Genetic Information

Hapi Daiz (
Sat, 21 Aug 1999 08:33:29 -0700 (MST)

In an embryo, genetic information is what tells a cell what kind of cell
it is, where it should go in the total organism to function correctly,
how to reproduce itself, and how long it should live. Genetic
information is not intellectual information or knowledge. Genetic
information determines, however, whether or not you have the innate
ability to read an enclypedia and learn from it. Here are a few "real
life" evidences of what genetic information does.

A newborn guinea pig is a miniature adult. It's eyes are open, it is
fully furred, it can eat solid food within hours, and it is sexually
mature in a matter of a few weeks. The genetic information tells all
the cells in the guinea pig how to cooperate as a guinea pig organism.

Recently, however, a major mutation occurred to the genetic information
contained in some guinea pigs. Some were born hairless. So what? Some
four legged creatures are born with three legs. Hairless guinea pigs,
however, share characteristics in common with each other that ARE NOT
shared with guinea pigs as we know them, even though they can interbreed
with the parent stock as well as each other, and their offspring follow
Mendel's genetic laws.

Newborn hairless guinea pigs are smaller and less developed than their
more "normal" parent-stock siblings. They have a higher infant
mortality rate, don't live as long as adults, and mature slower. In
Darwinian evolution occurring in nature, they would be "selected" out
because they are, in general, less viable. However, they are now being
selectively bred both in labs and by pet breeders because of their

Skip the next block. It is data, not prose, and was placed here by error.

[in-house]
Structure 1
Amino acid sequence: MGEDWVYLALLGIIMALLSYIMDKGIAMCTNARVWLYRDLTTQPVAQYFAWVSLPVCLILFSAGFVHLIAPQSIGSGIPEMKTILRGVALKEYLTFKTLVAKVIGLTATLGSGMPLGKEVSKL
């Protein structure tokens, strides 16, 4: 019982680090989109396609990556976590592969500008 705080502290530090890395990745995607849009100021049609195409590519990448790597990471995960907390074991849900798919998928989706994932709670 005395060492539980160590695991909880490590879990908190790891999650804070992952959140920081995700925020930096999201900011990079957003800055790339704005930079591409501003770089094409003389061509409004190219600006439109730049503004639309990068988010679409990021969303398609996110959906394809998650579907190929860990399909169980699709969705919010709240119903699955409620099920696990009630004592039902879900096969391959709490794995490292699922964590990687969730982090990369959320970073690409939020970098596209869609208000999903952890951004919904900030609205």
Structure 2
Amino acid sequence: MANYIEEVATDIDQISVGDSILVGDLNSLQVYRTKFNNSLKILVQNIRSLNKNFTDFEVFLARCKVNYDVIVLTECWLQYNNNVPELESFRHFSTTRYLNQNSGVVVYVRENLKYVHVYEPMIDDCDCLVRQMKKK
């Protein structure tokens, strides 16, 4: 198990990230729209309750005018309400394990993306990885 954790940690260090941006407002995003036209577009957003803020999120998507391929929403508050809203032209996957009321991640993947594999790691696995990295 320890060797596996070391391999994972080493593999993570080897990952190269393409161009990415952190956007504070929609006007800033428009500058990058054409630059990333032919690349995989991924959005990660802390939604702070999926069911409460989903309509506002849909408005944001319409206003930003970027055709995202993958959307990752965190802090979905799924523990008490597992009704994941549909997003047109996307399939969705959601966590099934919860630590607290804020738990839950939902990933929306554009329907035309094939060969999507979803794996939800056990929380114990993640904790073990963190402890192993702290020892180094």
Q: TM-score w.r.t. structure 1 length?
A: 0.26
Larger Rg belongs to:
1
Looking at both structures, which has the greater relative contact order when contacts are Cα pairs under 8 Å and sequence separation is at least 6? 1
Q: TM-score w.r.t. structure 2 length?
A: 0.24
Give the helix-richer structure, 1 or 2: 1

novelty, and they are breeding "true".

The hairless mutation first appeared in a lab and were discarded because
they were unsuitable for experimentation and, apparently, does not occur
in "nature" -- wild guinea pig stock. I am not going to research the
literature again for this information but it is on-line, and if you are
interested in researching this matter further, try starting with the
"Guinea Pig Compendium". It seems that knowing more about the
environment and testing that existed when this mutation occurred would
answer a lot of questions.

This reflector is a joy. I haven't had such intellectual stimulation in
20 years. Since I am a "layman", I don't know how many of you bother to
read my posts, but I offer new tracks and tacks for you to follow. Most
of the time, your posts read as though you live in a closed space -- you
quote the same papers and sources (which I do read, by the way, perhaps
not with the depth of understanding as the scholars on this list but
with enough comprehension to get me thinking about the subject matter).
Since my interests are wide-ranging, I have the advantage of bringing
ideas from many disciplines to bear on a subject. How many of you were
aware of the hairless guinea pig, for instance?